senate Bill S2225

Signed By Governor
2009-2010 Legislative Session

Makes technical correction to provisions designating surrogate decision-making committees as guardians of mentally retarded persons

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Archive: Last Bill Status Via A2003 - Signed by Governor

  • Introduced
  • In Committee
  • On Floor Calendar
    • Passed Senate
    • Passed Assembly
  • Delivered to Governor
  • Signed by Governor

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view actions (11)
Assembly Actions - Lowercase
Senate Actions - UPPERCASE
Apr 07, 2009 signed chap.12
Mar 26, 2009 delivered to governor
Mar 09, 2009 returned to assembly
passed senate
3rd reading cal.73
substituted for s2225
Mar 09, 2009 substituted by a2003
Mar 05, 2009 advanced to third reading
Mar 04, 2009 2nd report cal.
Mar 03, 2009 1st report cal.73
Feb 13, 2009 referred to judiciary


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S2225 - Bill Details

See Assembly Version of this Bill:
Law Section:
Surrogate's Court Procedure Act

S2225 - Bill Texts

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view sponsor memo

An act to amend the surrogate's court procedure act, in relation to a
surrogate decision-making committee acting as the guardian of a
mentally retarded person

To make a technical correction to Chapter 262 of the Laws of 2008
which allowed Surrogate Decision Making Committees to make certain
treatment decisions pursuant to section 1750-b of the Surrogate's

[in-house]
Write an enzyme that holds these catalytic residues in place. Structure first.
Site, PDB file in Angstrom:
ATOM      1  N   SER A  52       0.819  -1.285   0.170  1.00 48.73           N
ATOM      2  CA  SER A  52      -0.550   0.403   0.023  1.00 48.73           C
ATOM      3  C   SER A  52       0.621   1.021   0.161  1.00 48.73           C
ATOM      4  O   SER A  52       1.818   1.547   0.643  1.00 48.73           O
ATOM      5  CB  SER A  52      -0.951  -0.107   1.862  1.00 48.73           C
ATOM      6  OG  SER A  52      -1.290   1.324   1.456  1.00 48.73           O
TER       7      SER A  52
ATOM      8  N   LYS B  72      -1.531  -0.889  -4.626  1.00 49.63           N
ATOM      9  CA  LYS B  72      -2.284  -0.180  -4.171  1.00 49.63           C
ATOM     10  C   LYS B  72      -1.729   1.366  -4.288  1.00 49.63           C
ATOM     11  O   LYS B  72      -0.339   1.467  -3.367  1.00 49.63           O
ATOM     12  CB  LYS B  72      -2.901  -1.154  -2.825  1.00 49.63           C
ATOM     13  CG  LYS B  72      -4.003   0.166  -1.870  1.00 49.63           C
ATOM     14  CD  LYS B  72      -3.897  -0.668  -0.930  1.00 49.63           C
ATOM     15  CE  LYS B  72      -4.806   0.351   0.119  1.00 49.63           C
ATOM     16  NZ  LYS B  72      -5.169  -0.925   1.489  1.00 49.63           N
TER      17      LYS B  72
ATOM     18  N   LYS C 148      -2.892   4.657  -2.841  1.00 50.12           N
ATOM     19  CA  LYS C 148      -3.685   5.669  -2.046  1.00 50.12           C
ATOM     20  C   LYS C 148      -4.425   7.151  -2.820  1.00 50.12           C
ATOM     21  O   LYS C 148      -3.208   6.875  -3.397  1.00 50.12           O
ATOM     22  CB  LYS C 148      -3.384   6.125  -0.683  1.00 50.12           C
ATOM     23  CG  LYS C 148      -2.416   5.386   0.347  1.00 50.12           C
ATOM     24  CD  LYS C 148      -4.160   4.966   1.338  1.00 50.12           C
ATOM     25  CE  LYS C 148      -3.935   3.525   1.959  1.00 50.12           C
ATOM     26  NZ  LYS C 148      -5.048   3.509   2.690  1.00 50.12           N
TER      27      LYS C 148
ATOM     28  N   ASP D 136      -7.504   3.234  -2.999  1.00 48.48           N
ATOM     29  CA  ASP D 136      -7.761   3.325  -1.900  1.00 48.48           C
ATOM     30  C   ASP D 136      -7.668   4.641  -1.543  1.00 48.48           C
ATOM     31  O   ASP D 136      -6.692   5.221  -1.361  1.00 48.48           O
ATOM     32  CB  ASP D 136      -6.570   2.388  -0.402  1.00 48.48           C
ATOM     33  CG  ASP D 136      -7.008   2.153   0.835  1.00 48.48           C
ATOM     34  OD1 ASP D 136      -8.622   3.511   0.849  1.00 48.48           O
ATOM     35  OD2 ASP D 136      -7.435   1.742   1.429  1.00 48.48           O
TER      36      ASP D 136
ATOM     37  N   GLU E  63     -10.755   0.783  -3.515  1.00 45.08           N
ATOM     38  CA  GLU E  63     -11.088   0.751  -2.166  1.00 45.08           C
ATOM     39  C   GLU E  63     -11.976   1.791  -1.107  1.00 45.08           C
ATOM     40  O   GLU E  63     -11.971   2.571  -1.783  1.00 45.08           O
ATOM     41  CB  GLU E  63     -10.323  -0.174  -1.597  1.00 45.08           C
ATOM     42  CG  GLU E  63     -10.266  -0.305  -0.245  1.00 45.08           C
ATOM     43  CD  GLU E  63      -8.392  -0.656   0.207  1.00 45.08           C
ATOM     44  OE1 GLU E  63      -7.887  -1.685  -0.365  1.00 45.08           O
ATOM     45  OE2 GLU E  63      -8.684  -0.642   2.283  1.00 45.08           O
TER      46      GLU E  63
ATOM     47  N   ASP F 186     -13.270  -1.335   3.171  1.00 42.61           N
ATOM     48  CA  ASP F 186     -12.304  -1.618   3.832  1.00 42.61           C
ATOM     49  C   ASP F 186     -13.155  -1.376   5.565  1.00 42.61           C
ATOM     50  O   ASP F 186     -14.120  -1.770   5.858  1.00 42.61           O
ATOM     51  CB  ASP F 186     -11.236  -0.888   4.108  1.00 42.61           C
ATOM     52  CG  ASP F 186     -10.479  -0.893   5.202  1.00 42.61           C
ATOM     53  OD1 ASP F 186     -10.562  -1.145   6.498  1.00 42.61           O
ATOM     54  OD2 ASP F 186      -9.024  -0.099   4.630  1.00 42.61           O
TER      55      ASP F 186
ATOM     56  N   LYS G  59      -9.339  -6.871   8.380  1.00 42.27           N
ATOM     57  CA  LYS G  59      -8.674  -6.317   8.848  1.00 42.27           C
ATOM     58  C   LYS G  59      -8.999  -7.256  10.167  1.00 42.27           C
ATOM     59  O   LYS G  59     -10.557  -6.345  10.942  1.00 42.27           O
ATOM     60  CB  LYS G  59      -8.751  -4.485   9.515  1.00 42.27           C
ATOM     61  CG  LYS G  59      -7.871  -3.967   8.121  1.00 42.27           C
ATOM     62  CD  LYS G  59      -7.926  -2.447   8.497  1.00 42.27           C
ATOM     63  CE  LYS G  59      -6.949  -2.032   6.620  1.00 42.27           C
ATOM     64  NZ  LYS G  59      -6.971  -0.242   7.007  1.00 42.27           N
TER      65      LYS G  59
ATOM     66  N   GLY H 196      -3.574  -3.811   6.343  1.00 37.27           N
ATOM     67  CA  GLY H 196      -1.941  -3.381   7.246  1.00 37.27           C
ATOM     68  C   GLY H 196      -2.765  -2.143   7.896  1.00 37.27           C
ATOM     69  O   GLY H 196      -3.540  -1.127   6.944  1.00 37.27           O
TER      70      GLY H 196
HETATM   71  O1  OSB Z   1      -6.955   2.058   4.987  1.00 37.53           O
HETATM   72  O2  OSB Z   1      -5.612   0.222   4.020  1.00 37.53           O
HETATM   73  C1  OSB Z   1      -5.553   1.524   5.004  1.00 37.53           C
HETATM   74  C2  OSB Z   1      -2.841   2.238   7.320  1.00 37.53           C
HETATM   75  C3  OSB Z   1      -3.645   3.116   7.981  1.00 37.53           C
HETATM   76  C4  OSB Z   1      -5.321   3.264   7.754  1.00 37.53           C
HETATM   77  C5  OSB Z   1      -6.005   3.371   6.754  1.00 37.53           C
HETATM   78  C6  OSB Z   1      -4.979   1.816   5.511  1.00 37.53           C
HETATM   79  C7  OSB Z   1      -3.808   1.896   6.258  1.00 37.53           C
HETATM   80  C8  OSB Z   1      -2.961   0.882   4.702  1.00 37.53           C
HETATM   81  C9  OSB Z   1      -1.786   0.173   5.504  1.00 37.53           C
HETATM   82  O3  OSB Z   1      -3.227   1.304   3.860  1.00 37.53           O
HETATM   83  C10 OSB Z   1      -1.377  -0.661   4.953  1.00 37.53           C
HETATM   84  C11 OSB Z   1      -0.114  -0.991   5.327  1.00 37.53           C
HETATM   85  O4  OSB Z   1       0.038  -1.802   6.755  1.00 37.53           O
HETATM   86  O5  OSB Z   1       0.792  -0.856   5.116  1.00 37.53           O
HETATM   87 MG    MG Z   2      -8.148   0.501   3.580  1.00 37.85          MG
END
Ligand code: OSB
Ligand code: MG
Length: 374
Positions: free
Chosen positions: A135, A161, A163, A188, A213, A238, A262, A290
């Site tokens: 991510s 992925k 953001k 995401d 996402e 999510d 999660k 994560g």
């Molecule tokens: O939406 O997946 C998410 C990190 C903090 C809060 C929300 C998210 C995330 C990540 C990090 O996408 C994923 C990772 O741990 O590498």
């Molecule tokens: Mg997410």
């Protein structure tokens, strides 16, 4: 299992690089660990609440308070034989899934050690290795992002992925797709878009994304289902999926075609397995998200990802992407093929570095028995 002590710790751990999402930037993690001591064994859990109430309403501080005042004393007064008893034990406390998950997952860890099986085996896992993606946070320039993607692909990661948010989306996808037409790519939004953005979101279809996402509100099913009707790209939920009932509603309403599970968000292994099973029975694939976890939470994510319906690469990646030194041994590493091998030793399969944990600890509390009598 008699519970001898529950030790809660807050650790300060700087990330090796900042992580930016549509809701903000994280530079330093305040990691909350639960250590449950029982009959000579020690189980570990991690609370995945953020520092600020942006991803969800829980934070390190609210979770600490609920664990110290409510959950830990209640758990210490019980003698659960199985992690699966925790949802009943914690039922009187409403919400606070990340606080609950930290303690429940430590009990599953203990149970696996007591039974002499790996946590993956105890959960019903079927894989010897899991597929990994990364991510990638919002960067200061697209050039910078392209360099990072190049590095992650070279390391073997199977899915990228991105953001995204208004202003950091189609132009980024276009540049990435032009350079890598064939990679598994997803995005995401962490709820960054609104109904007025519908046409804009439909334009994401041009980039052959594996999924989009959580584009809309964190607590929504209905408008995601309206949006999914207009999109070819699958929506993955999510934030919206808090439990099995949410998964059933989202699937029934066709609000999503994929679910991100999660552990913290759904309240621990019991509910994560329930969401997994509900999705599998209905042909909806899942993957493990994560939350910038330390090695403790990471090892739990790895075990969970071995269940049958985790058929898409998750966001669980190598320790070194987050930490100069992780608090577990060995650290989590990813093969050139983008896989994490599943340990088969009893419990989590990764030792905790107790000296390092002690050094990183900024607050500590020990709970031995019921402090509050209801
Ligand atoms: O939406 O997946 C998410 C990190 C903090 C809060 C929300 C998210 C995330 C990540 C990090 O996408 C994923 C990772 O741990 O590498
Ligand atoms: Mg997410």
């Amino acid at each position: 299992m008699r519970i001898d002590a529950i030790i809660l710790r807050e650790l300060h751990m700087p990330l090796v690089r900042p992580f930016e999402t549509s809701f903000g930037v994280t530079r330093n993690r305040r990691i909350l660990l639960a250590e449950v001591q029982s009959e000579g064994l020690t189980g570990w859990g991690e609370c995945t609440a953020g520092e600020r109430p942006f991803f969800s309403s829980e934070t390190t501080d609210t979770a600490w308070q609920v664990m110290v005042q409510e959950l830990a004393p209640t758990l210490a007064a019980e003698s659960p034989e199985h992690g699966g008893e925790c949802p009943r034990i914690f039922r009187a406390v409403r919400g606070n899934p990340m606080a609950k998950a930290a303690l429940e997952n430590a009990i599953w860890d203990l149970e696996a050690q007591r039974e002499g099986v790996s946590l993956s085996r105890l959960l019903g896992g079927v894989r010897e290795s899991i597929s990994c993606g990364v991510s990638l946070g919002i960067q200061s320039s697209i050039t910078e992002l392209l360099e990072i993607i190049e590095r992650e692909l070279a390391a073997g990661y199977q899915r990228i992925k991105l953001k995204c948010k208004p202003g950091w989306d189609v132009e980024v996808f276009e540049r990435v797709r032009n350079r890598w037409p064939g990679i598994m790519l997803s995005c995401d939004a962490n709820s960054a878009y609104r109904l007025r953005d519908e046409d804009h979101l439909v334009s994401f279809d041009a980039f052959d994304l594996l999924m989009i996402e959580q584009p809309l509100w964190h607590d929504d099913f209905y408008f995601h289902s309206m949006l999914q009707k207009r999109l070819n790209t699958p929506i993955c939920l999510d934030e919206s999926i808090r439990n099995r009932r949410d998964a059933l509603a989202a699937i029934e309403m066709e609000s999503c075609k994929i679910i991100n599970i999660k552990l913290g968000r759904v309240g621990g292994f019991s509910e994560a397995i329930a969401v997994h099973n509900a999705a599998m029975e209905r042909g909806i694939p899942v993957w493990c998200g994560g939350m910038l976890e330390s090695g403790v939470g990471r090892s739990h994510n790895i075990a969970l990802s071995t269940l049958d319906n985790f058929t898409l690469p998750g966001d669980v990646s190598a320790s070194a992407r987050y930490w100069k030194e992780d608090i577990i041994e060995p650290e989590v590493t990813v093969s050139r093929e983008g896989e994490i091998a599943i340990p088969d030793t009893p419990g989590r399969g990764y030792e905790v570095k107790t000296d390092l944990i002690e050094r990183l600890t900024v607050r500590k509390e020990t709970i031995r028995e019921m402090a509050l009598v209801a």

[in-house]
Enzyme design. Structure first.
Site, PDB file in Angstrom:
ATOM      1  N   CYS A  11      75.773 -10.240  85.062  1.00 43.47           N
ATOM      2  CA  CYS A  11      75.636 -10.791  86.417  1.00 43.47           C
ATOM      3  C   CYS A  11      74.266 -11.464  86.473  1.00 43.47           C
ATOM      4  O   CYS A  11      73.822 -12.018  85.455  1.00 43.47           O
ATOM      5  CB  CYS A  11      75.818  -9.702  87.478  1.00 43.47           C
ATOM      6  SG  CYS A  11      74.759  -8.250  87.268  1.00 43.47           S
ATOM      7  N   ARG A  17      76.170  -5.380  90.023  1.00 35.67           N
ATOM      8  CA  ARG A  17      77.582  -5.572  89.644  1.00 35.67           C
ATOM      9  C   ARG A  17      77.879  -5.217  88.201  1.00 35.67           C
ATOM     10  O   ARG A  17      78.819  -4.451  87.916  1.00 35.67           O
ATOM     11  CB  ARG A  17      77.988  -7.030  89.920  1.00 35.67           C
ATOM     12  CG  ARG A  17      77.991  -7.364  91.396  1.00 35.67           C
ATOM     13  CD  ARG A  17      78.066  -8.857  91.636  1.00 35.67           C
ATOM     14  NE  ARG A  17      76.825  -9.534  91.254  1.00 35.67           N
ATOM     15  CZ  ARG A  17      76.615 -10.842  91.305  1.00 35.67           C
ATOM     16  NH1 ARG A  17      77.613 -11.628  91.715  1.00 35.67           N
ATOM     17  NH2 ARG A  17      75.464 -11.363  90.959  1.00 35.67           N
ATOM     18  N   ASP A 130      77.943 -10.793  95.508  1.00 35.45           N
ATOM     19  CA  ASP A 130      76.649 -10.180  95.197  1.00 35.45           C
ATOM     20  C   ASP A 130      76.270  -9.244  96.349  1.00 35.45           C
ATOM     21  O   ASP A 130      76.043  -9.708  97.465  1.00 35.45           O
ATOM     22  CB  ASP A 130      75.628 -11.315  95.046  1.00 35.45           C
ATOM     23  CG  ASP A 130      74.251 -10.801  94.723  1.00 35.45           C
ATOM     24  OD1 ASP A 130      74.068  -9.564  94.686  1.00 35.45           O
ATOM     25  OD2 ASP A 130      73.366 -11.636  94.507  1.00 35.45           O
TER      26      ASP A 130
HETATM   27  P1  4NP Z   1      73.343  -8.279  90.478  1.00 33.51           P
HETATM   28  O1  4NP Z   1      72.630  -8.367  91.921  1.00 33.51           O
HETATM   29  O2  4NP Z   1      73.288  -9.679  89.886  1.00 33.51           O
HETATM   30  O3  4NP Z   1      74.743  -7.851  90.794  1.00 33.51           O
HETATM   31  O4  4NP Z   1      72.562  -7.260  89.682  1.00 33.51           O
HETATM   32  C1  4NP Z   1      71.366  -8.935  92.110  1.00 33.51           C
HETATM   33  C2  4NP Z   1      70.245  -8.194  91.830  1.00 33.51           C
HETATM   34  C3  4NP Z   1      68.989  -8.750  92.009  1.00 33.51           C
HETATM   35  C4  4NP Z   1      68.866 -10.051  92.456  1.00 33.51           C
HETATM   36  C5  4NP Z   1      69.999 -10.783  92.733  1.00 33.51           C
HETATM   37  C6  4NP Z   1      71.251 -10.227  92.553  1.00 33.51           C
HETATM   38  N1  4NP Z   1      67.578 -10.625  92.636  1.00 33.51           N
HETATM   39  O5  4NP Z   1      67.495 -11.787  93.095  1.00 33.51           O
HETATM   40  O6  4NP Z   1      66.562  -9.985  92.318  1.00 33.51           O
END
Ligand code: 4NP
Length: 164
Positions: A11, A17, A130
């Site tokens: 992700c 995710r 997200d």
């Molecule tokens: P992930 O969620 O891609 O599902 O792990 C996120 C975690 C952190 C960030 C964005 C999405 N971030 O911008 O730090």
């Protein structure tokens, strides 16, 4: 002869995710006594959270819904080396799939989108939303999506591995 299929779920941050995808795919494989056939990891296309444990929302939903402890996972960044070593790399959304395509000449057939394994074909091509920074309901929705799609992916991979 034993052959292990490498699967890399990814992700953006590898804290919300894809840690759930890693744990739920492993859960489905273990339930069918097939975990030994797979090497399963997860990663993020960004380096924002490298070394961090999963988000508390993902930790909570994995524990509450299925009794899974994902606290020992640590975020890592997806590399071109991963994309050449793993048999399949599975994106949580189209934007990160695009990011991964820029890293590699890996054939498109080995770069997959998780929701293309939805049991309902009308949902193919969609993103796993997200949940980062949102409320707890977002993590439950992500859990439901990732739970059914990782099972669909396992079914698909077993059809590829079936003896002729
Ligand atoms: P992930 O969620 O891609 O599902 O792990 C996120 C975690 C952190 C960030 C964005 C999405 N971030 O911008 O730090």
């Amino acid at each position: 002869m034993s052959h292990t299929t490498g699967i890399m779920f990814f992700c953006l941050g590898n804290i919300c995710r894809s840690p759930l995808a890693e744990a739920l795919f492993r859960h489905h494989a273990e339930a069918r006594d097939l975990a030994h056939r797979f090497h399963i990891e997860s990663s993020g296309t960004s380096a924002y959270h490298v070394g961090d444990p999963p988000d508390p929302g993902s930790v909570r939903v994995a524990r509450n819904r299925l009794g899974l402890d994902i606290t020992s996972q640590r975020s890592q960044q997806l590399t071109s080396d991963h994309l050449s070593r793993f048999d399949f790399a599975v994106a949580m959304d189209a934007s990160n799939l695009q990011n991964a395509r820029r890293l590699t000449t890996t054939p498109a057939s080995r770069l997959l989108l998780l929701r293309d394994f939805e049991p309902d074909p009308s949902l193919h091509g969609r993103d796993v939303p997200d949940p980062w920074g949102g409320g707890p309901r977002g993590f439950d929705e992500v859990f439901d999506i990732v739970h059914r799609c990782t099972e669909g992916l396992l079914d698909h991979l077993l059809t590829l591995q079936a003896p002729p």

Court Procedure Act.

Section one of the bill removes the word "court" which was
inappropriately included in the reference to a surrogate decision
making committee.

The Health Care Decisions Act (HCDA) for persons with Mental
Retardation was originally enacted as Chapter 500 of the Laws of 2002.
It has been subsequently amended several times to among other things,
allow Surrogate Decision Making Committees (SDMCs) to make major
medical decisions on behalf of individuals with developmental
disabilities. Chapter 262 of the laws of 2008, which this bill makes a
technical amendment to, authorizes SDMCs to make a decision to
withhold or withdraw life-sustaining treatment only if no guardian or
involved family member, as authorized by Chapter 105 of 2007, is
available. It also authorizes dispute mediation systems or a hospice
ethics committee to attempt non-binding resolution of a dispute
emanating from an objection to a decision. If mediation is not
available or unable to resolve a dispute, the objection proceeds to
judicial review.

New Bill making a technical amendment to Chapter 262 of 2008.

There is no fiscal impact.

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